Ø Enhanced Science Instruction: Science is often a low priority in the school program, particularly at the elementary level. A number of recent reports indicate that the strictures of NCLB are correlated with a further reduction in the amount of time spent on science and other subjects in many schools. Barack Obama will work with governors to create flexible and workable systems for the states to achieve the goal of ensuring all children have access to strong science curriculum at all grade levels. Obama will also support state efforts to make science education a priority at the pre-K level. The Science in Elementary program in Pennsylvania is an example of a state taking steps to encourage inquiry based science state-wide, and has offered materials and professional development to one to three elementary schools from every district in the state.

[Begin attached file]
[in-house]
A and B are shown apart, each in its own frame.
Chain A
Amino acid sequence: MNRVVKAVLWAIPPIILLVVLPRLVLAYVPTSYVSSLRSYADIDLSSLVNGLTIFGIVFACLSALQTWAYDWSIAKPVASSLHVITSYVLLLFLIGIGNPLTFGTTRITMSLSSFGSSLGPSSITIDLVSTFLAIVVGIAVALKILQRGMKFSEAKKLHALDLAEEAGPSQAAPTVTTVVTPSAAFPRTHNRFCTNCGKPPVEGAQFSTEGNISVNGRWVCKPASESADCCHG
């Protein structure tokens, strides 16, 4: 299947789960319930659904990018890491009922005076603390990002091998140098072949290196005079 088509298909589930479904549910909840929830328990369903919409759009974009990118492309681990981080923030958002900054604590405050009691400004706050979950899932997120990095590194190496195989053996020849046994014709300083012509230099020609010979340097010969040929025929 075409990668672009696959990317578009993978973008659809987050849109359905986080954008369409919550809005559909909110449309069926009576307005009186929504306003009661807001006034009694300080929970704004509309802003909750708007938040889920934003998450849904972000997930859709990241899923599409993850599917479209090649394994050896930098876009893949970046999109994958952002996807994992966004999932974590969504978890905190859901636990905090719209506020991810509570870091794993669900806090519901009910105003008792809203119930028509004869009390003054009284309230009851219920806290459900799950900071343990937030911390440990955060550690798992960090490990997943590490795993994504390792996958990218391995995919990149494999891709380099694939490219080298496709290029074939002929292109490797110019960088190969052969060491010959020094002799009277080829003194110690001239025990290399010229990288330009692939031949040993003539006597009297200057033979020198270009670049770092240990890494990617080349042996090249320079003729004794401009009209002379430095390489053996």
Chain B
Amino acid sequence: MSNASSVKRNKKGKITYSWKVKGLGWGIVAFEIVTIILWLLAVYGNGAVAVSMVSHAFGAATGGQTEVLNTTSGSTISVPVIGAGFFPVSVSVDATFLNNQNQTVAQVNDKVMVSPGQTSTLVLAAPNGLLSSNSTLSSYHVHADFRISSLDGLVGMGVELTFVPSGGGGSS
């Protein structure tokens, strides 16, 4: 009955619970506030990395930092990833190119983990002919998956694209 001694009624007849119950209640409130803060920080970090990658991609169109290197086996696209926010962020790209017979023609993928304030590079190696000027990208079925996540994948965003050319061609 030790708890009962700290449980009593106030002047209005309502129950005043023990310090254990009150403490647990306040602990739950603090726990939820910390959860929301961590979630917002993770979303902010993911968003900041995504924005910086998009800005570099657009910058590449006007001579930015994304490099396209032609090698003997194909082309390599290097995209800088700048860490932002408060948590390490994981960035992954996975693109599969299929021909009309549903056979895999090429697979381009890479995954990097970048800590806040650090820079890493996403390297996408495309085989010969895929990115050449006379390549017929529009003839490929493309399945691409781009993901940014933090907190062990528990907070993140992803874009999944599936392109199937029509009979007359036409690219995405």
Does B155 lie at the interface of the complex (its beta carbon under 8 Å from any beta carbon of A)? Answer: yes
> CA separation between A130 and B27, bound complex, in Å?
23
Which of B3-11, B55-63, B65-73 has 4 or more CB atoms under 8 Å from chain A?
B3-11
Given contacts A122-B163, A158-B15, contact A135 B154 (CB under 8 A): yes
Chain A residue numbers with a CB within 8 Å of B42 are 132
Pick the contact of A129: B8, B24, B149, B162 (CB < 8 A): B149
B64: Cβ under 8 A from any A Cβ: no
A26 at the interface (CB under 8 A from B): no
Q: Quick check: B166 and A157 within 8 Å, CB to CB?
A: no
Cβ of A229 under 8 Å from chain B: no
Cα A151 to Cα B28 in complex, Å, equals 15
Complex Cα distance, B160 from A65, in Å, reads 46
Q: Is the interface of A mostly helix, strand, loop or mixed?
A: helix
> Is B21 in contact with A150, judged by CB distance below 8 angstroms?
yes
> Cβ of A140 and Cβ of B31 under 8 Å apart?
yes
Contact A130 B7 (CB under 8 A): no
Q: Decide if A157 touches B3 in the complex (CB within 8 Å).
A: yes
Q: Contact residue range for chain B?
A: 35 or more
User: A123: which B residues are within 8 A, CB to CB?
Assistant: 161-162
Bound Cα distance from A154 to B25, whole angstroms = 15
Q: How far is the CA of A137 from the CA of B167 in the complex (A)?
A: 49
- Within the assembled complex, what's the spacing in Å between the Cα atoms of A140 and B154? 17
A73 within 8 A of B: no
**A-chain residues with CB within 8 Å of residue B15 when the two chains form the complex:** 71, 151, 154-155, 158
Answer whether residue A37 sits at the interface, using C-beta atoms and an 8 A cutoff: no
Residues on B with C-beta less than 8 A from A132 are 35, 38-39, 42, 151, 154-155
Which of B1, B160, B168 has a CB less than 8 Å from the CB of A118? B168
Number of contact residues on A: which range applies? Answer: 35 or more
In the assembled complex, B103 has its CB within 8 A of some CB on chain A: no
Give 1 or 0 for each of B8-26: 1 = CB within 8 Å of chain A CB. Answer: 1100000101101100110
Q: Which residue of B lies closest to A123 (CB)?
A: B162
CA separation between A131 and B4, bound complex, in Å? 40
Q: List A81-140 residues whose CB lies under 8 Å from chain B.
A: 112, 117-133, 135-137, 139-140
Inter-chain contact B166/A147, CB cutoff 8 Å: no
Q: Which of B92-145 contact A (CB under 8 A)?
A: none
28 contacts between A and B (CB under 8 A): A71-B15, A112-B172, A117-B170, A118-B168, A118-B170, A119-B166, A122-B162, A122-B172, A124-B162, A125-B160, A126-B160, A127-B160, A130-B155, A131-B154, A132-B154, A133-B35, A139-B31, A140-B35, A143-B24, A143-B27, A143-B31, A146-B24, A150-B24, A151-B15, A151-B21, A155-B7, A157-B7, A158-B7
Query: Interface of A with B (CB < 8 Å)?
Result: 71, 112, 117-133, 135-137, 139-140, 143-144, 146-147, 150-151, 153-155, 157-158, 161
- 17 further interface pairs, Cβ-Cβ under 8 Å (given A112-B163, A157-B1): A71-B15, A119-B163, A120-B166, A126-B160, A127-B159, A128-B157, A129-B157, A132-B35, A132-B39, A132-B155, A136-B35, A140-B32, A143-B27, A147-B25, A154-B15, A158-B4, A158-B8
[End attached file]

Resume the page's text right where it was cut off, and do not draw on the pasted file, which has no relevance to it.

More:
Ø Improve and Prioritize Science Assessments: Assessments should reflect the range of knowledge and skills students should acquire. Science assessments need to do more than test facts and concepts. They need to use a range of measures to test inquiry and higher order thinking skills including inference, logic, data analysis and interpretation, forming questions, and communication. High-performing states like Connecticut, Maine, New Hampshire, and Vermont, use an assessment that calls for students to design and conduct investigations, analyze and present data, write up and defend results. Barack Obama will work with governors and educators to ensure that state assessments measure these skills.

VI. HELPING OUR MOST AT-RISK CHILDREN SUCCEED IN SCHOOL